Wednesday, July 21, 2010

David Miliband's severe case of false memory syndrome

Alex Salmond was of course absolutely right to highlight David Miliband's hopelessly clumsy attempts to shift his ground on the Megrahi case, and if this skewering helps to finish off the elder Mili-brother's leadership bid, I certainly won't be crying any tears for him. But listening to the recording of Miliband's latest comments, what leapt out at me the most was his claim that "there is a problem" because we had been told Megrahi's release was ordered on the grounds that it was "certain" he would be dead within three months.

Well, there's a problem all right, David, and it appears to be with your memory. Let's have a look at what Kenny MacAskill actually said at the time...

"Mr Al-Megrahi was examined by Scottish Prison Service doctors on 3 August. A report dated 10 August from the Director of Health and Care for the Scottish Prison Service indicates that a 3 month prognosis is now a reasonable estimate. The advice they have provided is based not only on their own physical examination but draws on the opinion of other specialists and consultants who have been involved in his care and treatment.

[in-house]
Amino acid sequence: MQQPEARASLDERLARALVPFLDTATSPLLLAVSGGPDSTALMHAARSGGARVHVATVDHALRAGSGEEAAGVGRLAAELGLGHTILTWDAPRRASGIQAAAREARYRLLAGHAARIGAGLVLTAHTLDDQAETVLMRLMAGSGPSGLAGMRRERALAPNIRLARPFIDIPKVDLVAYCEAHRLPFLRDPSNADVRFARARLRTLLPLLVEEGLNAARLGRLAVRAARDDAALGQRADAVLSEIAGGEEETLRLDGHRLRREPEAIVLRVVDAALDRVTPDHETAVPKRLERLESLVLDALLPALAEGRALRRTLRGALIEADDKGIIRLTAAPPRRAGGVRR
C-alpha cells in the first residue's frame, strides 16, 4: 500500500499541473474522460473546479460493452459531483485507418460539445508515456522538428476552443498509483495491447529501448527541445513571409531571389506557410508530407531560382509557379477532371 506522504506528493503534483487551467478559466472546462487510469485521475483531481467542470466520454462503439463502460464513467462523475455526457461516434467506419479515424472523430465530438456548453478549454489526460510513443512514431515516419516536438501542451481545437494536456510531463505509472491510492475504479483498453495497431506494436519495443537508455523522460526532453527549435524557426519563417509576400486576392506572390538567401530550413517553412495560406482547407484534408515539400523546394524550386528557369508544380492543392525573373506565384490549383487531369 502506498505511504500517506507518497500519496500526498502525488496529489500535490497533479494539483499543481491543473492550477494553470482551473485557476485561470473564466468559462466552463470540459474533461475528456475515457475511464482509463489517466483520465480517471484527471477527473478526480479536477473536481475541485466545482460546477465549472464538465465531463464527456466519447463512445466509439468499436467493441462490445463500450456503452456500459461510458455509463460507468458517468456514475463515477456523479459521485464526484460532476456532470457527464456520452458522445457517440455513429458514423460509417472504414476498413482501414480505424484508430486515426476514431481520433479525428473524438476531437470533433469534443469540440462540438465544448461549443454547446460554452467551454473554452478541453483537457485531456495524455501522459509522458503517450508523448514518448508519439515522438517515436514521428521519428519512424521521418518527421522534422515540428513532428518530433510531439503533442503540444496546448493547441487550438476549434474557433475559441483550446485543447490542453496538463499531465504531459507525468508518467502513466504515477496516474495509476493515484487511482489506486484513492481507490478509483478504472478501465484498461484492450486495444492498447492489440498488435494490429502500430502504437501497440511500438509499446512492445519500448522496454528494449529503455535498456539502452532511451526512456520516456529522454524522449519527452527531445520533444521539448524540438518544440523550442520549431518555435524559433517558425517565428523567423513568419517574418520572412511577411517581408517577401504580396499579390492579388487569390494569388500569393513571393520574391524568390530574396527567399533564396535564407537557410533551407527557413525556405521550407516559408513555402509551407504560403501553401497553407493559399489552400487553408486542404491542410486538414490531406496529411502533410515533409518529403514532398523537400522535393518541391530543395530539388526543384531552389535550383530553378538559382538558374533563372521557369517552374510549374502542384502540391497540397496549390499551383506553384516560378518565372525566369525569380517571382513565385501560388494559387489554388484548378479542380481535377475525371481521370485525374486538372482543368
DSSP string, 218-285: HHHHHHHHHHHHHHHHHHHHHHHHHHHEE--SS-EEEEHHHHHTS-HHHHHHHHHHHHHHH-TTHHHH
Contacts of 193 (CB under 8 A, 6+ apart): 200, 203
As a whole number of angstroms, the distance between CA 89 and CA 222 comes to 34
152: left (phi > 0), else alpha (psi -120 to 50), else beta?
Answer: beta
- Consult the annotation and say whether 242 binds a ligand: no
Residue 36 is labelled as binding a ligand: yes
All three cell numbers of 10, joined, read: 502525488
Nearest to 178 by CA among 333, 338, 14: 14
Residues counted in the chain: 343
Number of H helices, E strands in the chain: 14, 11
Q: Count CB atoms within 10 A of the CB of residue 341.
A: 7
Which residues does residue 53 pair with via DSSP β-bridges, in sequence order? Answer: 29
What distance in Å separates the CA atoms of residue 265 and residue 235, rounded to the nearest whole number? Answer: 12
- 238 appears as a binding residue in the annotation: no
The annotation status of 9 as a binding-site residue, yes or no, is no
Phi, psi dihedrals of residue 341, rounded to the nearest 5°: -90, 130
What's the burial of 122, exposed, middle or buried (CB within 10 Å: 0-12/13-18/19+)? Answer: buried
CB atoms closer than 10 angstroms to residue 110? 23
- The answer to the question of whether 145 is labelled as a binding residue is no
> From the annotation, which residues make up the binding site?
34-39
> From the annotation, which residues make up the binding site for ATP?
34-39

He may die sooner - he may live longer. I can only base my decision on the medical advice I have before me."

Now, I wonder where precisely in those words Miliband was detecting such a degree of "certainty"?


  1. Spot on, as usual James. I've linked to my post on the subject, I hope you don't mind.

    PS... I hope this does for Milly (please can I have a kiss Mr President) the elder. Lying git.

  2. Yes, I'm beginning to think an Ed Miliband victory might be the lesser of the various evils (Abbott would be best but she presumably doesn't have a realistic chance).

  3. Come now fellows, a centre-right Blair-like posh boy like Miliband the Elder winning the Labour leadership would probably be best for us.

  4. Ah, right enough, Ezio, there's always the eternal dilemma of choosing between what would be best, and what would be BEST.